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Online sample sites are suddenly hot, but can it last?
Kate O'Sullivan and Leah TedescoDecember 1, 2010

While traditional retailers anxiously monitor the holiday-shopping season (which is expected to show slight growth from last year, thanks largely to aggressive discounting), one corner of the retail world expects to flourish: a very specific kind of online luxury-goods purveyor.

At first glance, members-only sample-sale Websites, which sell discounted luxury fashion and, in some cases, travel and home products, would seem too niche to notice. Yet they have attracted millions of users and millions of venture-capital dollars in their relatively short lives.

Sites like Gilt Groupe, HauteLook, Ideeli, Rue La La, and Beyond the Rack offer, for limited times and only to members (who usually join for free, and often by referral), the chance to buy high-end merchandise at discount prices. The sites, all of which launched in 2007 or 2008, have benefited from the recession-spawned glut of high-end inventory, not to mention the low costs associated with their viral marketing strategies. In October, Gilt Groupe, the largest player in the market, made its first acquisition, generating additional buzz around the sector.

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“It’s the hottest channel in retail,” says Bob Ross, finance chief at Ideeli, which is based in New York. “I think that the thought of walking into a bricks-and-mortar store to sift through the mounds of stock that are out there is somewhat discouraging to shoppers. But we combine traditional retail products with social media and membership, and there’s a real diversity to the offering.” Designers also appreciate the ability to offload overstock and last season’s goods via a channel that is more discreet and high-end than a traditional off-price outlet, he says.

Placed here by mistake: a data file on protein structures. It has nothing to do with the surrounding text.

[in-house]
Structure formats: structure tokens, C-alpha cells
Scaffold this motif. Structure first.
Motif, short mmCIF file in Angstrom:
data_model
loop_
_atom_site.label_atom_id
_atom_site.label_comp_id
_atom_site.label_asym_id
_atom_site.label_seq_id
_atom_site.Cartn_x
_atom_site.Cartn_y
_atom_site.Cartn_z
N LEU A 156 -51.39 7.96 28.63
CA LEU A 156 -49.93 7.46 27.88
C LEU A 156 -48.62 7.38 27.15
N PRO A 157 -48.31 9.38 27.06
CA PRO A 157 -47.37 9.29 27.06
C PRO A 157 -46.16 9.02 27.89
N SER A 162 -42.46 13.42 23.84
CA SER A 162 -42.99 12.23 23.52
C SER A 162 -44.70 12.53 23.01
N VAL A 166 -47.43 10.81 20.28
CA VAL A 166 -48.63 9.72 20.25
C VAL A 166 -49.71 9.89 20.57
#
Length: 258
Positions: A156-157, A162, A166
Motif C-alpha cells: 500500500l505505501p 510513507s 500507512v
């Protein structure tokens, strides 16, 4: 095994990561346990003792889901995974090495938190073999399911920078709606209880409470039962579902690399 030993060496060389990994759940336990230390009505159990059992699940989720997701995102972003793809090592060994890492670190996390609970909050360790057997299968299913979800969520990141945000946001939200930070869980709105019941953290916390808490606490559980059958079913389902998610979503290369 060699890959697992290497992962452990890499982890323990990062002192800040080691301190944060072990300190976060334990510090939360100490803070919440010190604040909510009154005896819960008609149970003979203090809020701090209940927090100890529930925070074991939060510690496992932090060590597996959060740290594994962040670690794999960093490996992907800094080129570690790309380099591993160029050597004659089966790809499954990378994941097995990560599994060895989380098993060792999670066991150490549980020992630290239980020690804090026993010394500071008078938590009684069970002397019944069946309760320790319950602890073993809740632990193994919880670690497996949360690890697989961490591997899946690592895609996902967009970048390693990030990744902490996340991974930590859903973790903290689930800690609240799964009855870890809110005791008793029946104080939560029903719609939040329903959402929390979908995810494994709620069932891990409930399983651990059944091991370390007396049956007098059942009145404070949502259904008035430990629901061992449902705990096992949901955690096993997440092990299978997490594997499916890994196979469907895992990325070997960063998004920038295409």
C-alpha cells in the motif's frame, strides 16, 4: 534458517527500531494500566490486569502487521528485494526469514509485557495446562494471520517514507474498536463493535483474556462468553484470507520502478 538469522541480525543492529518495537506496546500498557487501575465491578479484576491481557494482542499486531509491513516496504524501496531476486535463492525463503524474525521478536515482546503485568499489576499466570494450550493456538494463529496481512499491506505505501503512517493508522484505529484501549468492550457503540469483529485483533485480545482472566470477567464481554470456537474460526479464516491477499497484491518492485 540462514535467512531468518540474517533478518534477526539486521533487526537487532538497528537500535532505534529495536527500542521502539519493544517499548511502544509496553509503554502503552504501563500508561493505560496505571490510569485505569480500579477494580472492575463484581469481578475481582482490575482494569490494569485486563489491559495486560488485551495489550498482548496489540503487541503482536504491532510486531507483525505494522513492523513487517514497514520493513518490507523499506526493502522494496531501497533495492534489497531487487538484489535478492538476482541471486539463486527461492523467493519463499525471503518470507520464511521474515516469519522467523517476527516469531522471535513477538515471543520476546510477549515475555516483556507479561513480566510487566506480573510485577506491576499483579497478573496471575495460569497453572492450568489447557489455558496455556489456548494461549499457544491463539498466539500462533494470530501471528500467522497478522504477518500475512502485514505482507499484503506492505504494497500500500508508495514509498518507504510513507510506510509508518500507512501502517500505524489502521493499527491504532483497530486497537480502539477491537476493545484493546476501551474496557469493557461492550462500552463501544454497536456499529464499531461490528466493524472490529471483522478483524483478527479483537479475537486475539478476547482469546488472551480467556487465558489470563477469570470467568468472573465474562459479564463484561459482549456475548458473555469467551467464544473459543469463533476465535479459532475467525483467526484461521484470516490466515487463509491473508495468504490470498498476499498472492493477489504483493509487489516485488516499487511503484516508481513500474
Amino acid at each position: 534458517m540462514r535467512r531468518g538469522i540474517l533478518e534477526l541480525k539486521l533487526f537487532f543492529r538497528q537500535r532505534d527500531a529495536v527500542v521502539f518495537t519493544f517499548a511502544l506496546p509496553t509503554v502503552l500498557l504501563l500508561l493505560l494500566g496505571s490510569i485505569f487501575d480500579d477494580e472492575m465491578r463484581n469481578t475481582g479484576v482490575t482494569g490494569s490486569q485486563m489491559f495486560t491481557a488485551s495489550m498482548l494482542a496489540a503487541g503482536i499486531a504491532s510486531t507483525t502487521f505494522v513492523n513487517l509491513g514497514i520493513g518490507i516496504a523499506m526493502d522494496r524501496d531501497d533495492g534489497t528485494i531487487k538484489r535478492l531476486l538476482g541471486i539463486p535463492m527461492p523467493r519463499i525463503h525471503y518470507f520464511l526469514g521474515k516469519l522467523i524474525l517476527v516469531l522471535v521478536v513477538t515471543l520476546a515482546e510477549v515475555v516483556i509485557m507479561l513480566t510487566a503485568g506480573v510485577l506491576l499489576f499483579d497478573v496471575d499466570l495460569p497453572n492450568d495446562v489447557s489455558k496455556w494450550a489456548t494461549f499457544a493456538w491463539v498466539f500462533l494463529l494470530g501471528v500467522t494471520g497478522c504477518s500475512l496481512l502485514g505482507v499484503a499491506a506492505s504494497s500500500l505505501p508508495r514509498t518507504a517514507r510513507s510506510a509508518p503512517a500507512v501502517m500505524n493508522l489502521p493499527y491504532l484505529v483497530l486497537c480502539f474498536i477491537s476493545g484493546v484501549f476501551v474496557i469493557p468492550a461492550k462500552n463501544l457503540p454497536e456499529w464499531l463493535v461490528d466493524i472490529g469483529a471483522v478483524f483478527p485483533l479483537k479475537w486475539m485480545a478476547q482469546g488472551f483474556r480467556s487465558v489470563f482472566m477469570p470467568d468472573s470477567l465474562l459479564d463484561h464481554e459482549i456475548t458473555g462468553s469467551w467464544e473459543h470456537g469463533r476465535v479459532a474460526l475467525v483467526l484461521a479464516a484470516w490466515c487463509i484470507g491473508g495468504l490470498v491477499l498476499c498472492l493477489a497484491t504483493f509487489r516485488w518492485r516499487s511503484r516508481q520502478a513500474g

A sample of sample-sale Websites

But the business model may be proving too popular for its own good, says Sucharita Mulpuru, principal analyst at Forrester Research. “We’ve been talking about a shakeout in the sector for some time,” she says. “All of these businesses are solid, and could run fairly profitably as $50 million to $100 million businesses. The question is whether any of them can be a billion-dollar business.”

Long-term success “will depend on how much inventory they have,” says Mulpuru. With retailers adjusting their inventory levels to account for lower demand, and with a significant rebound in full-price luxury shopping already apparent, maintaining sufficient inventory for the holidays may pose a challenge.

Still, Rue La La finance chief Ted McNamara is confident about the sector’s prospects, thanks to the uniqueness of the approach. “The model itself creates excitement, it creates a theater, it creates a higher level of engagement,” he says. “The fact that you are treated as a member and not as a customer who shops and leaves is very important.”

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